Since the age of 12, I've listened to Queen's "Live Killers" album at least a hundred times, and always loved every minute of it. After downloading my first unofficial concert recording from Queen's 1979 European tour (an mp3 rip of the 13-song Italian Live In Cologne bootleg CD), I was thrilled with the fact that all 13 tracks were versions which didn't appear on the official release. However, as I began to acquire more audio and video from the tour, I did eventually become curious as to which concerts each of the tracks on Live Killers came from. The Frankfurt recording finally revealed some of the answers, leading me to get this project underway.
Some inspiration has come from The Garden Tapes website, dedicated to deconstructing Led Zeppelin's "The Song Remains The Same." The webmaster, Eddie Edwards, has surely spent endless hours going through the unofficial/bootleg Zeppelin recordings from the New York 1973 concerts for his analysis, and he has done a fantastic job presenting his findings in an easily readable manner. His work on Zeppelin's 2003 2-DVD set and 'How The West Was Won' is equally fantastic, so I encourage everyone to observe his work, even if you're not a big Zeppelin fan. It is worth seeing, simply for all the hard work that went into it. I stand in awe, glancing in his direction with utmost respect.
For many Queen enthusiasts, the Live Killers album has been a long and unsolved mystery to this day. Being a proud analyst of Queen's live performances, I am very happy to have taken the first crack at it. Most conclusions are made based on the available recordings, but other thoughts, particularly stories from people who attended the actual concerts, are greatly welcomed as well. It is worth noting that a friend once told me that a Queen fan club magazine circa 1979/80 said one of the primary shows for the Live Killers album was Lyon, among a couple others. If anyone has these old magazines, perhaps they could help me out.
We can assume that no material came from the USA 1978 or Japan 1979, since the liner notes in Live Killers specify the material was from European shows between January and March 1979. Furthermore, during the January 26th concert in Brussels, Brian May mentioned how it was the first show they were recording for a live album. While he once said all shows from 1974 (or so) onward were recorded, those are most likely raw mono soundboard recordings done for the band's own listening purposes. Regarding the 1979 shows, Brian was surely referring to proper multi-track recordings, so we can then rule out any pre-Brussels shows as being candidates for Live Killers.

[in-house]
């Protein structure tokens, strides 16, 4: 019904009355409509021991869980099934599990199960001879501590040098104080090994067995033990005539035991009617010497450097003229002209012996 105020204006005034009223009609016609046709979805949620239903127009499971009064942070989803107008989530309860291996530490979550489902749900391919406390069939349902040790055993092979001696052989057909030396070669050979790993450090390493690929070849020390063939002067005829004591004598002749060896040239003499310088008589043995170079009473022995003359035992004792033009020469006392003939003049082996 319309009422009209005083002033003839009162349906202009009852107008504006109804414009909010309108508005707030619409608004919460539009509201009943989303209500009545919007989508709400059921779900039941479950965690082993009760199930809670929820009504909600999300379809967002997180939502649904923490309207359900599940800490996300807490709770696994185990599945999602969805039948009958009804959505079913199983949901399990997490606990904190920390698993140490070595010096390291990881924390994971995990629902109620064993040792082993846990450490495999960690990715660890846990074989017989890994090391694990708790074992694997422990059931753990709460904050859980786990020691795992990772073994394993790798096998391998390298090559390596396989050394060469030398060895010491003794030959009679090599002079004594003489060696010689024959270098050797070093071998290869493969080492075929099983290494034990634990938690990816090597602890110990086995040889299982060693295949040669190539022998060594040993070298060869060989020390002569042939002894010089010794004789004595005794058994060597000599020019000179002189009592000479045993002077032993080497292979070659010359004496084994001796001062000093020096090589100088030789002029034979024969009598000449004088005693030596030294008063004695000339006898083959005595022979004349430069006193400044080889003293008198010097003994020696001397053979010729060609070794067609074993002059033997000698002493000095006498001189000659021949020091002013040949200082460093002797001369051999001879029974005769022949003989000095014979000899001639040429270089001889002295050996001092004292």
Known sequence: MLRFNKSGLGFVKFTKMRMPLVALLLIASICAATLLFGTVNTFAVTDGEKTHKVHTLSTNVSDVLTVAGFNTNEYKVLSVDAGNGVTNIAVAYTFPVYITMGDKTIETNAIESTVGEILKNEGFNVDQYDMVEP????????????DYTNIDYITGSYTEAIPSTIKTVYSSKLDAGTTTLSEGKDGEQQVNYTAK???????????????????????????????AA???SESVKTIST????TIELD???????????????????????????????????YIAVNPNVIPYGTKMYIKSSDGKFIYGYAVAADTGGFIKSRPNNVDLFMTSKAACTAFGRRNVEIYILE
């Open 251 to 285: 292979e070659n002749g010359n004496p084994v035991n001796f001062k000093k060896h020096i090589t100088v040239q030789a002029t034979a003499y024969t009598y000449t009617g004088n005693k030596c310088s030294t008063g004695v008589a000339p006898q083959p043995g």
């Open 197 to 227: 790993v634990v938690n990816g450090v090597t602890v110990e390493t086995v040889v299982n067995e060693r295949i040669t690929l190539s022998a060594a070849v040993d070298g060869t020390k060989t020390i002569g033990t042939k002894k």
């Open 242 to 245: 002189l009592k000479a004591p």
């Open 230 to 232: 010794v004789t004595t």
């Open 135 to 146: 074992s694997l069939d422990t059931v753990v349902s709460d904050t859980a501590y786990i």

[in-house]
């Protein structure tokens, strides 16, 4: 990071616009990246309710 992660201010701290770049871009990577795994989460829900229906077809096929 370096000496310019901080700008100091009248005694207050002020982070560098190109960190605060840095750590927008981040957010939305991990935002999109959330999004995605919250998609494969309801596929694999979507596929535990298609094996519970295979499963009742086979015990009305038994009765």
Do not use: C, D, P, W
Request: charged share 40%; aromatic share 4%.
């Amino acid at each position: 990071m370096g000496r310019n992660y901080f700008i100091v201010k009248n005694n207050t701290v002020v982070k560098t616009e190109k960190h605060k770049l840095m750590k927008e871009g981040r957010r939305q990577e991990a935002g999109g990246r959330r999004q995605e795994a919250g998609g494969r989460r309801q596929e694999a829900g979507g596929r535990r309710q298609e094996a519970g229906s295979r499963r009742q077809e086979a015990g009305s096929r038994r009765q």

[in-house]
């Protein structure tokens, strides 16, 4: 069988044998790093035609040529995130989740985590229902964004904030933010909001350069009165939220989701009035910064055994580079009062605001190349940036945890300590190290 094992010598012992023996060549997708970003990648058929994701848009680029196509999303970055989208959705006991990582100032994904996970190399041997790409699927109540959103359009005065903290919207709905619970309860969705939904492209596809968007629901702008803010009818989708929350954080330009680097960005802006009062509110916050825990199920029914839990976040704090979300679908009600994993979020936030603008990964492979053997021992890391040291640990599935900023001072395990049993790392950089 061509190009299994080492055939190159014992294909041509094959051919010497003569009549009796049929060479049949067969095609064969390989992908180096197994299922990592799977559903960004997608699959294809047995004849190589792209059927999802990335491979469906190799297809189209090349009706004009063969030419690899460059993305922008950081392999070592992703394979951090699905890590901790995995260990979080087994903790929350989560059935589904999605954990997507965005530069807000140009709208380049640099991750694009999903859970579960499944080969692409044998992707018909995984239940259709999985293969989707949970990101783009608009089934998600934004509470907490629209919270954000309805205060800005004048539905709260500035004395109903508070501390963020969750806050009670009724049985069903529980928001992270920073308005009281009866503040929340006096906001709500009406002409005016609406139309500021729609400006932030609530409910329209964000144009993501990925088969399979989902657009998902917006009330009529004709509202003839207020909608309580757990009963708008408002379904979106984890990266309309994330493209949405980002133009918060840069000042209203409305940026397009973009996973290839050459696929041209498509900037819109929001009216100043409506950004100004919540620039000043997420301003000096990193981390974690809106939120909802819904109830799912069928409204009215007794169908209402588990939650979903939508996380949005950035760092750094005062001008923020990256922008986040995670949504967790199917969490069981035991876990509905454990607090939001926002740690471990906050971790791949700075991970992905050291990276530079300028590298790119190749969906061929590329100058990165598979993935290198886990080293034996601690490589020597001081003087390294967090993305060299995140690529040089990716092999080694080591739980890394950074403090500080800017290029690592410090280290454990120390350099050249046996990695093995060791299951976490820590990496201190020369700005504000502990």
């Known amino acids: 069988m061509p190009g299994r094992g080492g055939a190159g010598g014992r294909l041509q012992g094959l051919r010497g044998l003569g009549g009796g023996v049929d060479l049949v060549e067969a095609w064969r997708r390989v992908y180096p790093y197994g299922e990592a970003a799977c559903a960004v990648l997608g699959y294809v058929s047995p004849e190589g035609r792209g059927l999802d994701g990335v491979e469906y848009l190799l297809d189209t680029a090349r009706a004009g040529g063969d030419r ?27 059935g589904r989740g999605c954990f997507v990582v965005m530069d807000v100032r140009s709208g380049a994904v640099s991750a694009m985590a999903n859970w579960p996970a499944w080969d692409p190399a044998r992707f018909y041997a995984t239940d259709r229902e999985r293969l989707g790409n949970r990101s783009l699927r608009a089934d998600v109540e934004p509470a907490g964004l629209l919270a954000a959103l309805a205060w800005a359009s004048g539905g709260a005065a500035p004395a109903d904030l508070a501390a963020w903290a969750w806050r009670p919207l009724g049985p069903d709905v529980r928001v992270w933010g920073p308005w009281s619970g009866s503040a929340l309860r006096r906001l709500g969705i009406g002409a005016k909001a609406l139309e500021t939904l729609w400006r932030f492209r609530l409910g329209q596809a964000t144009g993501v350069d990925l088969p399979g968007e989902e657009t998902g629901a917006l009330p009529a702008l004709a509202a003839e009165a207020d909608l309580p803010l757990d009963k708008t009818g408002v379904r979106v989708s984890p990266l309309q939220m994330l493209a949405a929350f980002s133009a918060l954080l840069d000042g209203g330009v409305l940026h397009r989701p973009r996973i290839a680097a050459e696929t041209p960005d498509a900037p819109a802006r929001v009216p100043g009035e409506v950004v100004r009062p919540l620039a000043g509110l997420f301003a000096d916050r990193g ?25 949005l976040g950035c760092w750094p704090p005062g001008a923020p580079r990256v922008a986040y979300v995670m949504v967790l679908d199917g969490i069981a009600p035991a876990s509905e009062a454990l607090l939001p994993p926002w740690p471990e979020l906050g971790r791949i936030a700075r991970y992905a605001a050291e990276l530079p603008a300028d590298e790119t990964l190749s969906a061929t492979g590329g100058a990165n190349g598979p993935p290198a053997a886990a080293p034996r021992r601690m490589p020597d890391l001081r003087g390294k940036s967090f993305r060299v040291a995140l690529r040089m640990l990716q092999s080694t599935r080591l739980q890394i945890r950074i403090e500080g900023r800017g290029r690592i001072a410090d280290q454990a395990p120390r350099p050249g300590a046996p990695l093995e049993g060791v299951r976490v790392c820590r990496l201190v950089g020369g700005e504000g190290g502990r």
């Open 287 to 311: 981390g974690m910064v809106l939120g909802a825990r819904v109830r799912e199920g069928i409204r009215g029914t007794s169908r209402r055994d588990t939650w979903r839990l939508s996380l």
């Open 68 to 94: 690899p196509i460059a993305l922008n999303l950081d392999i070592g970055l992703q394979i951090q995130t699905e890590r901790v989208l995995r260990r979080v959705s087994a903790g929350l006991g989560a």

Nearly 20 shows were scrutinized by the band during the mixing process. Brian May later stated that the album wasn't as good as it could have been, despite listening through every concert they recorded. He said it probably would have turned out better if they had gotten someone else to do it. In a 1981 interview (in Mar Del Plata before a concert), Brian is asked if he's satisfied with the Live Killers album:
"I am never really satisfied with anything I do. I'm a non-conformist. I think the live album was only a testimony of what we were doing on stage at that time. I am somehow unsatisfied, because we had to work hard in every concert and there were serious sound problems to solve. Sometimes the concerts sound very good, but when you listen to the recording you want to kill yourself because of how awful everything sounds. Out of ten or fifteen concerts we recorded, we could only use the tapes of three or four of them to edit Live Killers. Anyway, the sound of live albums is never good. The main reason is that the audience has to be included and the crowd noise affects the instruments. As you may notice, Live Killers is not my favourite album at all." Around this time, Roger Taylor had similar sentiments: "I don't think it turned out anywhere near as well as it could have done."
Roger Taylor took it a step further, openly stating his dislike for Queen's first live album on numerous occasions. He once joked in a 1979 interview that "the only thing live about Live Killers is the bass drum." Although this is a bit of hyperbole, the comment does offer some insight into exactly how much studio work went into the live album. Still, credit should be given to the original editors who created what is, upon initial listens at least, a seamless live LP.
There are at least 20 cuts throughout Live Killers during songs that instantly transport the listener from one concert to another. Thoughts of the contrary are perhaps manifestations of people's fears of the mere possibility of it not being an honest live album. Believe me, I, too, wish Queen's only live album from the 70s was a mere compilation of two or three shows, but unfortunately it is far more complicated than that. Fortunately, there are audience recordings that reveal exactly what happened at the shows. The chances of these recordings having been altered in some way are almost infinitely less than the chances of an official live album being altered by the band prior to its release. If this concept is a surprise, then may I suggest researching the making of Led Zeppelin's "The Song Remains The Same," "Kiss Alive," and Thin Lizzy's "Live And Dangerous" for a crash course.
Audience recordings from Queen's 1979 shows in Frankfurt, Zurich, Barcelona and Paris have shed some light on the matter of which tracks come from which shows, and there are a few other possibilities lingering. If you'd like to know exactly where each concert features on the album, click on the album cover: